For quite some time, Jim Cramer and Bob Lang have discussed the FANGs, a group of stocks considered leaders: Facebook (FB), Amazon (AMZN), Netflix (NFLX) and the stock formerly known as Google.
Lately, the acronym has bloomed to encompass more and more names finally, hitting a crescendo yesterday with FARTMAN. This is Facebook, Amazon, Regneron (REGN), Tesla Motors (TSLA), Microsoft (MSFT), Alphabet (GOOGL) and Netflix. After looking at this group over the last six months of trading, I've come to the conclusion that using FARTMAN stinks.
Don't believe me? Let's take a visual tour of this group over the last six months and you can see for yourself. I don't know about you, but visual is the only one of the five senses I want to use here.
First off, let's look at the Attack of the Acronyms price performance of FARTMAN vs the SPDR S&P (SPY) over the last six months. While I've done some data diving here, given the newness of the acronym I am still calculating correlations and the Relative Strength Index (RSI). But after looking at these charts, I'm pretty sure I can guess what those results will be. I've run equal-weighted and dollar-weighted versions of FARTMAN on this chart and adjusted the value of the SPY, so these three start at very similar values.
Over the last six months, it is clear FARTMAN has performed much better than the SPY. The dollar-weighted version of the stinky acronym performed slightly better than the equal-weight version, but the difference between the two has been minimal. What stands out to me is not the outperformance, but the lack of any predictive value towards the broader market. For instance, take a look at mid-July when FARTMAN exploded higher. You would expect the broader market to follow suit, but the performance of lagged behind. In fact, the SPY, after a very small push higher, faded right back to where it sat when FARTMAN made its large movement. There are plenty of times where we see the prices moving together, but simultaneous movements are simultaneous, not predictive.
And about that performance, it is clear to see FARTMAN has blown away the SPY over the past six months. The group is up 30+%, whether equal-weighted or dollar-weighted, against less than 2% for the SPY. In fact, the group has stayed positive since day three (it was down on the second day), while the SPY has spent the better part of the last two months in the red. Again, I see little predictive value here. If anything, the SPY is more predictive of FARTMAN than the other way. Sure, FARTMAN blasted higher off the late September lows, but the SPY actually turned higher before FARTMAN. In early August, FARTMAN made a new high in a failed attempt to breakout while the SPY made no such new high. Every other move either occurred together or FARTMAN moved while the SPY did little. Again, affirmation FARTMAN offers no predictive power.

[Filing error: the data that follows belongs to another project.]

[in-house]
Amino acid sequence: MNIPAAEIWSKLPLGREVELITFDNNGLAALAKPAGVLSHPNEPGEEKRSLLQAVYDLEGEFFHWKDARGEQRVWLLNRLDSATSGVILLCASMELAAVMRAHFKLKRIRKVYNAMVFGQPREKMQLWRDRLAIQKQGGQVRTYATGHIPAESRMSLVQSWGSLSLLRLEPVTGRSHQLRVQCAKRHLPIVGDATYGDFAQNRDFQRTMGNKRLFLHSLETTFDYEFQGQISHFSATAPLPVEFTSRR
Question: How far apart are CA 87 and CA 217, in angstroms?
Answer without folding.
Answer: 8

Don't like the line charts? How about we try a look at a radar view of the daily moves. If FARTMAN is to have any predictive powers or influence, then a spike by either the grey or blue line should be followed a spike in the orange line at a later date. Again, it simply is not there. These lines move together with FARTMAN just experiencing outsized moves. Why? These are volatile names heavily weighted in many ETFs.
If you want to follow the FANGs or FATMAN or FARTMAN for their entertainment value, then be my guest. If you want to invest in them as a group of stocks which has shown significant strength over the last six months with the understanding this is a group that experiences large moves compared to the SPY or even the Nasdaq, I would understand. But if you are using FARTMAN as a gauge of market strength or as a measure for what you believe the market will do next, then you are simply ignoring data.